Saying Goodbye to the Tevatron

The Tevatron being shut down for the final time.

Several wonderful tributes in the past few days to Fermilab’s Tevatron which, until operation began at CERN’s Large Hadron Collider, was the highest-energy particle accelerator in the world. The Tevatron ceased operations on September 30th, after more than 25 years. A couple of my favorites are Mark Lancaster in the Guardian, who takes a personal, narrative approach to the story, and John Timmer at Ars Technica, who looks forward to more great projects to come:

Since the 1980s, the US government’s Chicago-area Fermilab has been at the forefront of high-energy physics. That’s in large part thanks to the Tevatron, the machine that first reached the energies needed to discover the last quark in the Standard Model. But the Tevatron has come to the end of its run; at 2pm on Friday, it will be shut down for the last time (an event that will be webcast).

The move will shift physicists’ focus across the Atlantic, to the Large Hadron Collider (LHC) at CERN. The LHC is likely to enjoy a long run at the top of particle physics, but in time, it too will be superseded. What might come next? If Fermilab scientists have their way, particle physics could migrate from hadrons to muons. But getting there will take time, research, and the serious application of time-dilating relativity.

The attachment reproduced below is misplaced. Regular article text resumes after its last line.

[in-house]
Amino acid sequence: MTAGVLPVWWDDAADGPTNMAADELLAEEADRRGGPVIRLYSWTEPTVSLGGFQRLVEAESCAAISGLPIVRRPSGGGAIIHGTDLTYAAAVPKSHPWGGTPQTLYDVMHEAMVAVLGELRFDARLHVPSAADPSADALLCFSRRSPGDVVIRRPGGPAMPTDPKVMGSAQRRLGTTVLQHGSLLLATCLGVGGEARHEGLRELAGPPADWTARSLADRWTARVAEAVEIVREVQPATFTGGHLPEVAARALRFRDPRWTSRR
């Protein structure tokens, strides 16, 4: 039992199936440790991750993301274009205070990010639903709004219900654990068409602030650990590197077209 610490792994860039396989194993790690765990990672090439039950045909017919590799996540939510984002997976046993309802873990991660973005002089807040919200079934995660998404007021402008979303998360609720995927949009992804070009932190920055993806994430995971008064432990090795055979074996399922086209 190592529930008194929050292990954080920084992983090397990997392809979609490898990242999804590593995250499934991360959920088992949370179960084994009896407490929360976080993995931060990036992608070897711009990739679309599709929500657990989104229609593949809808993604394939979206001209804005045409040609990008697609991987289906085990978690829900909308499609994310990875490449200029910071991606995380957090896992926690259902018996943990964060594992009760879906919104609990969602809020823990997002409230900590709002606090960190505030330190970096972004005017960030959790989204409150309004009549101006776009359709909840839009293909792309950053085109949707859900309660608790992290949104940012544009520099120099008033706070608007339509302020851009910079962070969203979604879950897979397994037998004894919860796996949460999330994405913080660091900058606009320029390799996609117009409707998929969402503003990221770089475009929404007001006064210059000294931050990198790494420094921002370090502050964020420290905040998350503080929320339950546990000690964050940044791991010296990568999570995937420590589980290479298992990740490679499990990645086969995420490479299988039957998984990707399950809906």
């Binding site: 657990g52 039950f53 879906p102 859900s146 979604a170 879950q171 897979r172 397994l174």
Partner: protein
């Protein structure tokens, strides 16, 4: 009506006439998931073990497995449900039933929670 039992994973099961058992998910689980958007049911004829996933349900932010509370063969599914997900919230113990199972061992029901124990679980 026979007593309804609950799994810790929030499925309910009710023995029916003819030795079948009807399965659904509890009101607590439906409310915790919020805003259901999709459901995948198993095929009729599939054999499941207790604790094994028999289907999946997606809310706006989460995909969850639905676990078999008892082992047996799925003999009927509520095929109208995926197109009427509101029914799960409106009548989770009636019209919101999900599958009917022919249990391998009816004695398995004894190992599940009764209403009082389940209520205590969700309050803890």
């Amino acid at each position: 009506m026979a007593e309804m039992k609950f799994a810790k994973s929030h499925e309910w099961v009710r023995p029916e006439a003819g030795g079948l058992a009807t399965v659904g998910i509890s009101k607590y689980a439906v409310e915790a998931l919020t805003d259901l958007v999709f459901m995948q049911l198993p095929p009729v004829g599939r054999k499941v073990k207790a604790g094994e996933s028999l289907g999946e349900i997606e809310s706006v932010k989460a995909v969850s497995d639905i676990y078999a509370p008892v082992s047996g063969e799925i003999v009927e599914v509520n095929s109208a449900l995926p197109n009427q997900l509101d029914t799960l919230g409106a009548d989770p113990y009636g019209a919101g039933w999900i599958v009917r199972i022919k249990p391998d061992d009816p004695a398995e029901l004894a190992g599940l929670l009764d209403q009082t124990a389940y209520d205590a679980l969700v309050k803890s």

The cancellation of the American Superconducting Supercollider (SSC) in the 1990s gave particle physics a hangover. It took years for the next big accelerator (the LHC) to be built, and even when it operates at its designed power, it won’t reach the energies once planned for the SSC. The LHC is also a fundamentally different project, constructed in tunnels built for an earlier collider and requiring financial input from just about every country with a significant physics program. These harsh realities leave just about everyone who thinks about it wondering whether anything more powerful than the LHC will ever get built. It has also forced them to ponder exotic ways to get particles up to high energies using approaches that are fundamentally different from anything we’ve tried before.

Additional coverage includes this photo gallery at PopSci and this little tribute video by Maria Scileppi.

There’s also a proposal to turn the site into a museum (!)

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